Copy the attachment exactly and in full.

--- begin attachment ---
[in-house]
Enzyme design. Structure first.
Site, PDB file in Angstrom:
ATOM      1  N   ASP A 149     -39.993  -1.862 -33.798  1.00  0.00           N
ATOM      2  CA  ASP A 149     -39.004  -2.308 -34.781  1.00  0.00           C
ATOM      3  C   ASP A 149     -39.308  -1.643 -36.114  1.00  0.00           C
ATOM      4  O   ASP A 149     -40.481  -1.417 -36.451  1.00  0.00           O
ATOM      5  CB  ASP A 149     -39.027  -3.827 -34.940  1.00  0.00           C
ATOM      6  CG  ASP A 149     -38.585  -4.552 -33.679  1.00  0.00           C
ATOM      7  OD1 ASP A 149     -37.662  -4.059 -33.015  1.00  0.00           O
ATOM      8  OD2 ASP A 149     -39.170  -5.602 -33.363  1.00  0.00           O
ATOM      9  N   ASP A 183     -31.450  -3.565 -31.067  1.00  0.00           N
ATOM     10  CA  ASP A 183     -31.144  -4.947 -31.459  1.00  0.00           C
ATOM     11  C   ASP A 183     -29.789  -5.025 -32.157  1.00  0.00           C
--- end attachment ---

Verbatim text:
[in-house]
Enzyme design. Structure first.
Site, PDB file in Angstrom:
ATOM      1  N   ASP A 149     -39.993  -1.862 -33.798  1.00  0.00           N
ATOM      2  CA  ASP A 149     -39.004  -2.308 -34.781  1.00  0.00           C
ATOM      3  C   ASP A 149     -39.308  -1.643 -36.114  1.00  0.00           C
ATOM      4  O   ASP A 149     -40.481  -1.417 -36.451  1.00  0.00           O
ATOM      5  CB  ASP A 149     -39.027  -3.827 -34.940  1.00  0.00           C
ATOM      6  CG  ASP A 149     -38.585  -4.552 -33.679  1.00  0.00           C
ATOM      7  OD1 ASP A 149     -37.662  -4.059 -33.015  1.00  0.00           O
ATOM      8  OD2 ASP A 149     -39.170  -5.602 -33.363  1.00  0.00           O
ATOM      9  N   ASP A 183     -31.450  -3.565 -31.067  1.00  0.00           N
ATOM     10  CA  ASP A 183     -31.144  -4.947 -31.459  1.00  0.00           C
ATOM     11  C   ASP A 183     -29.789  -5.025 -32.157  1.00  0.00           C